The Nan & Ren stamps only prove that the Nan-Man arsenal began inspecting Mantetsu blades. We don't know for a fact WHERE those stamped blades were sent. We have 1944 Koa's that were Nan-stamped and some that were not.

 

In our data-files we have photos of:

1942 - 45 blades

1943 - 46

1944 - 15

1945 - 1

 

I made a VERY cursory scan of some of the nakago, and Brad's observation of the quality of the nakago work MAY have some merit, but when I get more time, I'll try to survey more of them.

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I know that, Bruce, but Mantetsu aside, wasn’t the W stamp used almost exclusively in the Tokyo arsenal? I personally think that (but can’t prove it) that the blades still showing Koa Isshin were made in finished in Manchuria while those made in Nanman with the W and plain Mantetsu were finished in Tokyo. This way, Koa Isshin was some sort of trademark while the plain Mantetsu absolved them of the final responsibility. Koa Isshin was in a way their equivalent of the W stamp. This is just speculation from me of course.

 

I think the non Mantetsu don’t mean "Mantetsu made this" but "made the Mantetsu way" which would be different.

 

EDIT: In 満鉄満鉄鍛造之 Mantetsu de kitaete kore wo tsukuru > Mantetsu Tanzō kore

 Mantetsu de kitaete kore wo tsukuru > Mantetsu Tanzō kore, there is the word "Kitae", which, I think means roughly steel. So in fact, I suppose that the right translation would be something like "made with Mantetsu steel" or "forged the Mantetsu way". A Japanese speaker translation would be welcome.

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EDIT: In 満鉄満鉄鍛造之 Mantetsu de kitaete kore wo tsukuru > Mantetsu Tanzō kore

 Mantetsu de kitaete kore wo tsukuru > Mantetsu Tanzō kore, there is the word "Kitae", which, I think means roughly steel. So in fact, I suppose that the right translation would be something like "made with Mantetsu steel" or "forged the Mantetsu way". A Japanese speaker translation would be welcome.

 

The translation of 満鐵鍛造之 was discussed over at the "War Relics Forum".  See posts 63 to 68.  Keep us posted on what you discover about this.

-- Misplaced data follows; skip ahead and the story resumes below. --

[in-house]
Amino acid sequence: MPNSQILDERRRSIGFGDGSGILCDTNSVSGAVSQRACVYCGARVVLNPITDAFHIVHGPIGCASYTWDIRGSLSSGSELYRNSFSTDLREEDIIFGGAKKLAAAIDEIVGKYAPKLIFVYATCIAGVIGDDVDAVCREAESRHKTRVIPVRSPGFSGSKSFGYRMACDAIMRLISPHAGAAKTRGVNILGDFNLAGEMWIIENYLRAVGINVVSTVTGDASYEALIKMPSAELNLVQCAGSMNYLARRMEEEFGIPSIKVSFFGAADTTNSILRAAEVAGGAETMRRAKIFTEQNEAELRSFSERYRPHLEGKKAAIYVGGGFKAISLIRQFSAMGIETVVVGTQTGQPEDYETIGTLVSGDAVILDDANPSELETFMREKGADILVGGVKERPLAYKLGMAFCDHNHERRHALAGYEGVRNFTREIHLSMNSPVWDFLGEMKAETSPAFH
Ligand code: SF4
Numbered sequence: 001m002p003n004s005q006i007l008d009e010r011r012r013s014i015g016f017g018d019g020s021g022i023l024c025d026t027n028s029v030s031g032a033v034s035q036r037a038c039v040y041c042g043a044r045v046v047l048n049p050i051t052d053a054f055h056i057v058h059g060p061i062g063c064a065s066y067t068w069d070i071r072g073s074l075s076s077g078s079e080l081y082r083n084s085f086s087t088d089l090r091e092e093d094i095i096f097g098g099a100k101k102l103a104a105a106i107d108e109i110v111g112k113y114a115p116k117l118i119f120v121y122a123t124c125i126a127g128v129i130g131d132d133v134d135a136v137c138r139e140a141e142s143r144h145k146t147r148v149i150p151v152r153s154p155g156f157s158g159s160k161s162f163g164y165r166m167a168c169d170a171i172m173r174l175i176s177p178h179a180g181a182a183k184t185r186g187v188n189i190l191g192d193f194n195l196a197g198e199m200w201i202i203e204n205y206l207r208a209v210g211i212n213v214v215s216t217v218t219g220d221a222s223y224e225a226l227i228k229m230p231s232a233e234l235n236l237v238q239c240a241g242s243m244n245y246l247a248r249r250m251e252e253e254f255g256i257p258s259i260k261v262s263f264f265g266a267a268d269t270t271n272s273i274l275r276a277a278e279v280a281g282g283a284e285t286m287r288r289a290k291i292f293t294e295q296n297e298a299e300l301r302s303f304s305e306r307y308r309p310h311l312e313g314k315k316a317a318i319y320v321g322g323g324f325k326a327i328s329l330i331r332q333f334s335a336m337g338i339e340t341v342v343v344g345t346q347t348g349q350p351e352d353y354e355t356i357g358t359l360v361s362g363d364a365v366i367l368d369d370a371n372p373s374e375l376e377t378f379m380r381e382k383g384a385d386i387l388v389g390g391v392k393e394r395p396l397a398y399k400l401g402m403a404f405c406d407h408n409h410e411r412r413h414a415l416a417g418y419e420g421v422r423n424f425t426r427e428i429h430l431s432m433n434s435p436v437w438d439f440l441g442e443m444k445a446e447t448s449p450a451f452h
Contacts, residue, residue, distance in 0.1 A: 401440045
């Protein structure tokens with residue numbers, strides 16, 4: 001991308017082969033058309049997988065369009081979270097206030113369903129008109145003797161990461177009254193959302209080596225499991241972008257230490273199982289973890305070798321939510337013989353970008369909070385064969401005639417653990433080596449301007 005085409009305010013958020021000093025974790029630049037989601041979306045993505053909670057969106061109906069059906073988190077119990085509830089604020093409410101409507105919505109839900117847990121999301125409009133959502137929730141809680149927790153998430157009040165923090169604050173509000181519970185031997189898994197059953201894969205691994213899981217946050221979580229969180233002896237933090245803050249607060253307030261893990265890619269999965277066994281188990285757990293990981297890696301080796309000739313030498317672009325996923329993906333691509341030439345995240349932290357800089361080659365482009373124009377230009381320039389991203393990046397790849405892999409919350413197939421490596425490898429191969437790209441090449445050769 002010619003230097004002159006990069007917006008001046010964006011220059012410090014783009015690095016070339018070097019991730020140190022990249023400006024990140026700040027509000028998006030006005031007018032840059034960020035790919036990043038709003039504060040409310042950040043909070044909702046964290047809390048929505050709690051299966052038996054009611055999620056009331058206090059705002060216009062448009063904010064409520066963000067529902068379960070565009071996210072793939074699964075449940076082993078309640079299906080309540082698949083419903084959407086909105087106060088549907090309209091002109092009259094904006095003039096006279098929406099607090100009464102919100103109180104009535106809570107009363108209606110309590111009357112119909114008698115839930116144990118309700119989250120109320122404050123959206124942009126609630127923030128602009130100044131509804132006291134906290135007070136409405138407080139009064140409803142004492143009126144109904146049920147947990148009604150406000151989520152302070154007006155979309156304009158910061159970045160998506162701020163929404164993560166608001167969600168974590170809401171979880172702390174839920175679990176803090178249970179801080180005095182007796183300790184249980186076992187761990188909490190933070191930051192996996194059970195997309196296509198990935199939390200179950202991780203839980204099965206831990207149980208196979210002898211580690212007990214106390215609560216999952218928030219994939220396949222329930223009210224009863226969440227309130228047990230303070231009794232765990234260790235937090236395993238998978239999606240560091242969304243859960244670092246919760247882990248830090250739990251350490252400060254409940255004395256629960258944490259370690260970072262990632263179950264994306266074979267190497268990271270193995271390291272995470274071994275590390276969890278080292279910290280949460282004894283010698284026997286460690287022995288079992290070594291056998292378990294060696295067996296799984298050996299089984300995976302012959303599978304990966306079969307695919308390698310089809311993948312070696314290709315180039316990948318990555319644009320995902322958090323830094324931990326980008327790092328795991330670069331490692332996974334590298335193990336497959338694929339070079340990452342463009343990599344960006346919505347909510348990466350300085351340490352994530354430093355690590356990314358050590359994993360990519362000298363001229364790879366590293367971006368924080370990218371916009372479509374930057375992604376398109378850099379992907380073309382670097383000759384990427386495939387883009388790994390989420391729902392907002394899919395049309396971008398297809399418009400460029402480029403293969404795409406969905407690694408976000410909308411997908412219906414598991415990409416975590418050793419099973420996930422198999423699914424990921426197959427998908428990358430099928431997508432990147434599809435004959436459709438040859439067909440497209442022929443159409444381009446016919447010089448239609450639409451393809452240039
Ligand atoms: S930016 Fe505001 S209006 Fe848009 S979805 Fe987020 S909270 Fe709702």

"Attention Mantetsu Owners: A Survey/Study"

http://www.warrelics.eu/forum/f216/attention-mantetsu-owners-survey-study-715028-post2028469/#post2028469

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From Nick Komiya:

 

“ To read 満鐵鍛造之 without shifting the "Korewo" to the middle is exactly the same as saying in English, "This Mantetsu forged". That will sound odd, because the objective pronoun "it" is in the wrong place for English grammar.

 

So when that sentence is read out, the word "this" serving as objective needs to be transpositioned to the grammatically correct English position at the end and you read it out as "Mantetsu forged this". That is the kind of transposition of the objective that occurs between Japanese and Chinese grammar. Mei on swords is actually written in Chinese, not Japanese, so switching of word order is necessary for reading the Mei out in correct Japanese.

 

Can "Korewo" be ignored you ask? Then you are suggesting to read "This Mantetsu forged" as "Mantetsu forged (forges)" . Because the word "tanzousu" is a verb requiring an objective , describing what was forged, a grammatically correct sentence requires "korewo" to be a full sentence. By taking out the "korewo" you are destroying a complete sentence, but people can still understand what you are saying.

 

Also note that by knocking out "Korewo" you allow the interpretation of the sentence to change to "Mantetsu does forging", as if describing the nature of their business. Thus you lose precise control over how people will interpret the phrase.

 

I will simulate for you in English how the various ways of reading out 満鐵鍛造之 will sound to a native Japanese.

 

1. The correct way " Mantetsu korewo Tanzousu" ="Mantetsu forged this"

2. Korewo ignored " Mantetsu Tanzousu"="Mantetsu forges (forged)"

3. Common mistake "Mantetsu Tanzou kore"="This Mantetsu forge"

 

The third example above is how a Japanese would do an unkind impression of a "Chinese trying to speak Japanese", but incorrectly. It is how Japanese sounds in Chinese word order, and lacking verb endings. The second example sounds less odd, but is no longer a full sentence as it was originally intended and now can be interpreted in two different ways.”

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That is very interesting. I don’t have an account at Warrelics so don’t often visit, and had missed this whole passage. I’ll be less stupid when I go to bed tonight. :)